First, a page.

With a champagne clouded mind I'm still able to persuade myself I can count the number of stairs we climb to your apartment (one, two, three, three, five) before you raise your voice over the outside chatter permeating into the lobby to tell me you're going to lift me and take me the rest of the way on your back. An act to prove strength or kindness, I assume, either way I'm too drunk to offer a retort better than a nod of my head that could be mistaken as a nervous twitch. I'm laughing through the throbbing of my feet wedged into these new boots I decided against my better judgement to break in, so you take it as it's understood, and between an almost-but-not-quite successful hoist upward with your arm wrapped around the backs of my knees, we somehow lose our footing and tumble down those stairs together without a semblance of grace (five, three, three, two one) and begin our new year with bruises, tangled limbs, fluffy eggs and pain relievers. Later in the month you, and I reunite, you with your selfless California heart, and you meet my parents and my sisters after agreeing to travel all that way with me without even weighing your options. I can't thank you enough for being there with me, for being the friend I've always needed but sometimes didn't deserve. As if I'd want anyone else to support and fearfully watch me tip toe my way across a slippery floor in Maticevski (a two piece my brother later described as sports bra couture) between the slits of your fingers against your eyes to receive something that was surely not meant for me. "Shut up, it has your name on it, Rosie." "That doesn't look like Rose, does it? Are you sure?" She tells me to shut up again and again and again.
Los Angeles makes me feel tired and easily irritated, it always has. I never followed up on a reason to invest in my own place here; I've a series of roofs I've lived under if we speed through the decades, none of them ever feeling quite right. I stay with George whenever I come, but this time it's different and we stay at your place because it does feel quite right. George and I have lunch regularly, he'll ask about the film, Susan, if her dog, Penny, writes her own tweets, you, if I want to Skype mum in Coffee Bean, if there's anything new, and so on. You and I jet to Vegas a few weeks after your birthday and I'm surrounded by all of these gorgeous men I spent the previous spring with in Budapest, laughing, drinking, dancing, engaging in spontaneity. As I'm being ushered from a stage the night before we leave, I'm handed a champagne flute and I can feel my stomach dancing, emotions running rampant over this small gesture. I grip the glass with my fingers and stand there, a true deer in headlights as I look for you, the only light I seek. I can't see behind the flashes but I stand in place for photos. Later in the night when I'm asked by Paul why I haven't touched the liquid, I look at him and say, "I've just started a cleanse." When in reality I wanted to say, "The best is yet to come."
You were one of the first people I told on set before it became common knowledge and everyone was asking me if I needed fresh pillows, towels or a foot rest (okay, this didn't happen frequently, but let it be known X-Men are the superior species for a myriad of reasons other than their hospitality). We would sit and eat together, sometimes alone, sometimes with him or him or her, and you would talk and talk, sometimes I wouldn't even get a word in, but I didn't care, I'd love to listen to how excited you'd get over the nerdiest things. You probably thought I was such a bore, though you'd swear the opposite. You're one of the best people to come into my life this year. I'm grateful you opened my eyes to so much beauty and kindness. Montreal falls into place effortlessly, bringing us back to where we left of, greeting us with new faces and adventures. We become a community, a family, a team, and even though you all went to Comic Con without me while I desperately tried to hide the signs of a growing stomach, you've all earned permanent edges of my heart that can't be chipped. Thank you for that. And thank you Montreal, for bringing Taylor Swift to the Bell Centre. You won't remember this, but it was your first concert. I think you enjoyed it. If I shut my eyes for more than three seconds, rubbing away the exhaustion and excitement that's washed over me, I'm afraid I'll miss the second half of the year. It's only August and it feels like the year is quickly enveloping us in as a forewarning that it's near, ready or not. Closing up one chapter and rushing off to the next is part of the business, it cannot be escaped and it doesn't get any easier if you let yourself sit with it. Quick goodbyes, see you laters, we'll keep in touch (I mean it this time). The leaves are starting to change and the weather is providing this perfect chill or at least that's how I imagine it to be in New York, as I've spent less time there than I would have liked over the past few months, brief visits, plane after plane. I hear from mates that it's still warm in the city, wiping away any autumnal dreams I have, still feels like June and everyone is wearing thongs and short sleeves rather than scarves and boots. We prepare to make the journey to Georgia, the three of us (four, it's four), regaining as much normalcy as we can in a rental home that's bigger than both of the apartments we still live in separately back home, but not without time spent in the sand and sun with a deflated inflatable cow that makes us shake our heads as we share the same knowing look.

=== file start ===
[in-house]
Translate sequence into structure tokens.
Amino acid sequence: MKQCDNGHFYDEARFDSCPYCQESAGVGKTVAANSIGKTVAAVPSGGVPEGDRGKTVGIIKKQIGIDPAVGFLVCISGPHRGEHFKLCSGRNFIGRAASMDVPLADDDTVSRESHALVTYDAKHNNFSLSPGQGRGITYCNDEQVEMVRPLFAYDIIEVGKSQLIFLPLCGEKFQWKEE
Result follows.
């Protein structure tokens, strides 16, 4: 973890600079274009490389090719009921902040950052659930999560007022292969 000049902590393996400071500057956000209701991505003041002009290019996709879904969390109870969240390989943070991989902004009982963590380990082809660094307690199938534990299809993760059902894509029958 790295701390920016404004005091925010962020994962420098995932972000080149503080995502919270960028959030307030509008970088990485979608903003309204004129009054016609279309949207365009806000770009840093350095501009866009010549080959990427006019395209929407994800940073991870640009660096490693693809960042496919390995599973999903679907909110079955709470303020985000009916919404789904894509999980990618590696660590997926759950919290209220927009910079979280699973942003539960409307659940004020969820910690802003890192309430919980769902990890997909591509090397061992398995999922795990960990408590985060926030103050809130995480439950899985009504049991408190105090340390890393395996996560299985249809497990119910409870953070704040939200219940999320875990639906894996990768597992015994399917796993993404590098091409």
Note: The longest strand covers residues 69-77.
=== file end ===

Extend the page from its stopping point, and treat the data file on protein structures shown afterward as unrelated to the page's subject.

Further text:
step. vampire weekend
we've only just begun. the carpteners
where did our love go. the supremes
she's gone. hall and oates
true. spandeau ballet
head over heels. tears for fears
magic. the cars
me, myself and i. de la soul
rock lobster. the b52's
bad. wale ft. rihanna
ms. fat booty. mos def
independent women pt. 1. destiny's child